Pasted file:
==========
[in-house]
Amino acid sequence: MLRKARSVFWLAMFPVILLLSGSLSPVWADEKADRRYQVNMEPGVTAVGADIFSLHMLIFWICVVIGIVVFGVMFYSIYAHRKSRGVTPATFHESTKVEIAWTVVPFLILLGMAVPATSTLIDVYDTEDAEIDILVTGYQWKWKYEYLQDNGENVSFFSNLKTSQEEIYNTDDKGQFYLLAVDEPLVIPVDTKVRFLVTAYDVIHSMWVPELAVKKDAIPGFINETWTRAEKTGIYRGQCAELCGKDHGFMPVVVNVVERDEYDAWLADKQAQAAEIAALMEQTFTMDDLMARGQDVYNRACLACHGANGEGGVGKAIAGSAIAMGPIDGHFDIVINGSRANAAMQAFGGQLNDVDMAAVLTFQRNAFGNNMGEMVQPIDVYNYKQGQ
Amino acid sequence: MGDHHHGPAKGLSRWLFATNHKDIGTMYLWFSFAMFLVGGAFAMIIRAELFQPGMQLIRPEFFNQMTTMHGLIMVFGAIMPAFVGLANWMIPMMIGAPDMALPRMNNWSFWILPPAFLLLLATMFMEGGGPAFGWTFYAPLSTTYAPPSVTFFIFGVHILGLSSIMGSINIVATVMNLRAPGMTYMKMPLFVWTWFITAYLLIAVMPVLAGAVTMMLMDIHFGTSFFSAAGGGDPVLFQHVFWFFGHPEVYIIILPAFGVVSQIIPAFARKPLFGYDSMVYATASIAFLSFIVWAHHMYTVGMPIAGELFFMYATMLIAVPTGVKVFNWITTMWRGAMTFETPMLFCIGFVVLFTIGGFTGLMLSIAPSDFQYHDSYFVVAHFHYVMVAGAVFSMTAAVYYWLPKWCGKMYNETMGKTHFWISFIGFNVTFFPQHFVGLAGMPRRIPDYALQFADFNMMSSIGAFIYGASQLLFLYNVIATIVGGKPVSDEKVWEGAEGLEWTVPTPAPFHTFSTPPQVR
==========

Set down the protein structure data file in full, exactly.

[in-house]
Amino acid sequence: MLRKARSVFWLAMFPVILLLSGSLSPVWADEKADRRYQVNMEPGVTAVGADIFSLHMLIFWICVVIGIVVFGVMFYSIYAHRKSRGVTPATFHESTKVEIAWTVVPFLILLGMAVPATSTLIDVYDTEDAEIDILVTGYQWKWKYEYLQDNGENVSFFSNLKTSQEEIYNTDDKGQFYLLAVDEPLVIPVDTKVRFLVTAYDVIHSMWVPELAVKKDAIPGFINETWTRAEKTGIYRGQCAELCGKDHGFMPVVVNVVERDEYDAWLADKQAQAAEIAALMEQTFTMDDLMARGQDVYNRACLACHGANGEGGVGKAIAGSAIAMGPIDGHFDIVINGSRANAAMQAFGGQLNDVDMAAVLTFQRNAFGNNMGEMVQPIDVYNYKQGQ
Amino acid sequence: MGDHHHGPAKGLSRWLFATNHKDIGTMYLWFSFAMFLVGGAFAMIIRAELFQPGMQLIRPEFFNQMTTMHGLIMVFGAIMPAFVGLANWMIPMMIGAPDMALPRMNNWSFWILPPAFLLLLATMFMEGGGPAFGWTFYAPLSTTYAPPSVTFFIFGVHILGLSSIMGSINIVATVMNLRAPGMTYMKMPLFVWTWFITAYLLIAVMPVLAGAVTMMLMDIHFGTSFFSAAGGGDPVLFQHVFWFFGHPEVYIIILPAFGVVSQIIPAFARKPLFGYDSMVYATASIAFLSFIVWAHHMYTVGMPIAGELFFMYATMLIAVPTGVKVFNWITTMWRGAMTFETPMLFCIGFVVLFTIGGFTGLMLSIAPSDFQYHDSYFVVAHFHYVMVAGAVFSMTAAVYYWLPKWCGKMYNETMGKTHFWISFIGFNVTFFPQHFVGLAGMPRRIPDYALQFADFNMMSSIGAFIYGASQLLFLYNVIATIVGGKPVSDEKVWEGAEGLEWTVPTPAPFHTFSTPPQVR